The Rock Pit - Hard rock, Metal and Blues Interviews, news & reviews from Australia and around the world

The Rock Pit - Hard rock, Metal and Blues Interviews, news & reviews from Australia and around the world









Of all the reviews I’ve read of this album the focus has very much been on one thing: is it better or worse than Geoff Tate’s version of Queensrÿche’ latest album: not only that, there has been a concerted emphasis on who has the best vocals. You can probably guess what the consensus has been with all the Tate-baiting out there (some of it seemingly encouraged by the man himself). To be honest if you want to get involved in a pissing competition, then go ahead. The truth of the matter is that both this album and Tate’s offering are rather poor. This one has the better songs though and is perhaps ‘safer’ in its take on the Queensryche sound. Both bands missed a trick in releasing material too early in my opinion. And that is all I’m going to say on that subject.



As an album ‘Queensryche’ offers nothing new to the legacy of the band, it may well be the start of a new chapter but it sounds tired with only patches of anything that doesn’t make you think it’s all been ‘phoned in’.



The atmospherics and the tolling bell that start the album may well have you jumping out of your skin thinking ‘Mindcrime’? before you realise that opening track ‘X2’ is just that, atmospherics that build into the mild military beat opening of ‘Where Dreams Go To Die’ where new Queensryche vocalist Todd La Torre tries nothing more than to phrase every sentence exactly like Geoff Tate would have done. The song is perfunctory at best and sadly it’s also one of the best here.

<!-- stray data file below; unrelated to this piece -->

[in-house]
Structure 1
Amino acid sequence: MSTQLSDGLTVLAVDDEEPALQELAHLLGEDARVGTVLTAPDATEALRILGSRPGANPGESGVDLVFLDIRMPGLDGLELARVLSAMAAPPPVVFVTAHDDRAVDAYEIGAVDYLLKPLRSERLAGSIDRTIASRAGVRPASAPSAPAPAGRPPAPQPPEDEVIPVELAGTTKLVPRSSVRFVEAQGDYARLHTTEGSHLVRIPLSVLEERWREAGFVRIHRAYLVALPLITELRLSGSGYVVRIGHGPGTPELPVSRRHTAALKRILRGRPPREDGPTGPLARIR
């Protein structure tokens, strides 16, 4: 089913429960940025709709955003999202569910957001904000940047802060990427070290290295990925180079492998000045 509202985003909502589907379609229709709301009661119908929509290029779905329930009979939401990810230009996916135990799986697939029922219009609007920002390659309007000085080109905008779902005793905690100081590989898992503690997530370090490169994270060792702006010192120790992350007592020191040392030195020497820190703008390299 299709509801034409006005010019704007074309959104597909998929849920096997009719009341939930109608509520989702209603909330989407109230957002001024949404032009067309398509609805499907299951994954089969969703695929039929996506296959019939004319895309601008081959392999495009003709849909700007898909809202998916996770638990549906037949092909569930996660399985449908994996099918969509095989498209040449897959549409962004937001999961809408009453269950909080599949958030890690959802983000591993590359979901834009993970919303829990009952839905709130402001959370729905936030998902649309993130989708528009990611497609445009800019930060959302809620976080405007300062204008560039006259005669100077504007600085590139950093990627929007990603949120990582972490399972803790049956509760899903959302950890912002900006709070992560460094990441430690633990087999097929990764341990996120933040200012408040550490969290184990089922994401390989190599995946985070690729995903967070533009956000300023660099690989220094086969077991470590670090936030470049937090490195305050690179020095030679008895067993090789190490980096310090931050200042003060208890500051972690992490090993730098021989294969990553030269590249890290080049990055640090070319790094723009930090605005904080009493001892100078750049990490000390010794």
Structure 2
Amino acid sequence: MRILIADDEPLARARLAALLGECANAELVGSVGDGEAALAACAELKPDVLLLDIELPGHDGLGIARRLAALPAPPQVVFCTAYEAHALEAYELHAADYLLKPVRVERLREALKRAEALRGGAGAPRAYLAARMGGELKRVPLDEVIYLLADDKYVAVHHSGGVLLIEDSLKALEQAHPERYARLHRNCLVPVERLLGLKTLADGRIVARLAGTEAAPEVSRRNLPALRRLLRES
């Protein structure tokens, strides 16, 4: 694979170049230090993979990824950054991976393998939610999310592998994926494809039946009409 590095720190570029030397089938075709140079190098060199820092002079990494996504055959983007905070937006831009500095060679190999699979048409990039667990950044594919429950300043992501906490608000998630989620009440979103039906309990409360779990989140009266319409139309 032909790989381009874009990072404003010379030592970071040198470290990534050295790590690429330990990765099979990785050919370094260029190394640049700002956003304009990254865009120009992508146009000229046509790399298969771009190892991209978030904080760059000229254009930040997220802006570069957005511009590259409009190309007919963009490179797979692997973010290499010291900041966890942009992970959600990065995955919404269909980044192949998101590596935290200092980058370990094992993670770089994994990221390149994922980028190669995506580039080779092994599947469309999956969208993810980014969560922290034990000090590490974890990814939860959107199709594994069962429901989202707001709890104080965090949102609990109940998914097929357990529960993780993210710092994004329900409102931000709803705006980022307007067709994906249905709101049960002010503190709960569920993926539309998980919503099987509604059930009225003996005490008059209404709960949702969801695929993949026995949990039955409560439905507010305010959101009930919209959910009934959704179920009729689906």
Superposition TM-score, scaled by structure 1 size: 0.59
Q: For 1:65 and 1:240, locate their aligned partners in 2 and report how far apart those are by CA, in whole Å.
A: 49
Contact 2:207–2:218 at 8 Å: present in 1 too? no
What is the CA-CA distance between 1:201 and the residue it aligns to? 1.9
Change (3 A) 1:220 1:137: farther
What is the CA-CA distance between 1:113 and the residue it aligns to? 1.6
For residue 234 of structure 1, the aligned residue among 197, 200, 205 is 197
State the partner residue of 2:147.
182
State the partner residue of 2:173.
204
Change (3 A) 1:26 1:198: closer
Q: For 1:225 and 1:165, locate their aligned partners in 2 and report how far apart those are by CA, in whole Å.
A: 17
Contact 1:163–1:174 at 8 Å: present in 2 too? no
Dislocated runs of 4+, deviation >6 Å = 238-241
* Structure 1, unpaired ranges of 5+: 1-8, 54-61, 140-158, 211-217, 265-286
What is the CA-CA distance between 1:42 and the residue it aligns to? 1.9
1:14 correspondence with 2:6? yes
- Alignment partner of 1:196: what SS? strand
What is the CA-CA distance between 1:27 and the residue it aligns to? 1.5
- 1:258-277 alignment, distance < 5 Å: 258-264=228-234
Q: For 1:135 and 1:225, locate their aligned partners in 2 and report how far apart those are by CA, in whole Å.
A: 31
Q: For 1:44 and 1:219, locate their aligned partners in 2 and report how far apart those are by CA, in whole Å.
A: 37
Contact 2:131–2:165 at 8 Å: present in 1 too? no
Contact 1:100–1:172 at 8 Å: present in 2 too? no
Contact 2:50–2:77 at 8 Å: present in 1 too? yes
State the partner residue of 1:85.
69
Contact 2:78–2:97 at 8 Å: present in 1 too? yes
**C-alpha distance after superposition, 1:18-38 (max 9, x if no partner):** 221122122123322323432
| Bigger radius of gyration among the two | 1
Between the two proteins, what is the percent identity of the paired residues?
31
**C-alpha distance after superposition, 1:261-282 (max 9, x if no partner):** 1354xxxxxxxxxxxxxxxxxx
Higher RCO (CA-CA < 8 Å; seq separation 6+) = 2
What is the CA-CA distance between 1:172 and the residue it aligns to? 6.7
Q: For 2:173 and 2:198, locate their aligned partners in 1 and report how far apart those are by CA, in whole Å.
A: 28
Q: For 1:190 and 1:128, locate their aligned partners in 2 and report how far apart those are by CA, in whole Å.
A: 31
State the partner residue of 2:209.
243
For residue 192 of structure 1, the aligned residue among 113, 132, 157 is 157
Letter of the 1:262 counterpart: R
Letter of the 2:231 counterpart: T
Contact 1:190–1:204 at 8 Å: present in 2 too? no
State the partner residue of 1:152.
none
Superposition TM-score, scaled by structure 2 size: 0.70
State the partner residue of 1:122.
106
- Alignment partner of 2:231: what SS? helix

This is an album full of decent riffs, decent vocals and decent enough songs, but listen to tracks like ‘Spore’ and honestly tell me you’re excited. All these songs are OK, they sound like Queensryche songs but there’s nothing really special here at all. Sure I’m first to say this IS better that the last few Queensryche albums and if the ripping apart of the band is the only way to go forward then this looks like the horse to back.


If there were a few pointers to the light ahead then it’s the mid-tempo ‘In This Light’ that leads the way – it’s a track that takes the best of the distinct Queensryche sound and places it an ‘Empire-like’ context. It sounds like it might be the way ahead.  Conversely ‘Redemption’ with its few rapped lines sounds a little too like ‘Mindcrime-by-numbers’ and while that may excite a few it’s not particularly convincing. At times you get the feeling that the guys are throwing their lines overboard with all kinds of bait on the hooks to see what gets the best feedback. Maybe a better way would to have replaced the ‘sound-alikes’ with something more cohesive.



‘Vindication’ is OK, faster, somewhat catchy, but made annoying by the rather obvious Tate-like phrasing – I would have loved to have heard this played straight!



Just to piss you off ‘Midnight Lullaby’ turns out to be another minute long musical intro to ‘A World Without’ taking the number of real songs on this release down to a rather shabby nine. The songs itself is all empty histrionics and posturing – you know that bit about Queensryche that only worked if it was intricately wrapped up in a song of substance, this is all smoke and mirrors. Sure, it recaptures a mood created by the band in the past to a degree, but sadly that’s all.  Like a fading memory.



It’s not all bad though ‘Don’t Look Back’ works in the Mindcrime-by-numbers stakes where ‘Redemption’ largely failed; and single and video ‘Fallout’ is perhaps the best on offer here being about the only song you feel La Torre has been able to sound more like himself - now this is what we wanted to hear. As if to rub in that sense of better to come closer ‘Open Road’ is also pretty damn impressive.  



Not entirely convincing then, but you feel with far more promise than that other band of a strikingly similar name…   




Mark Diggins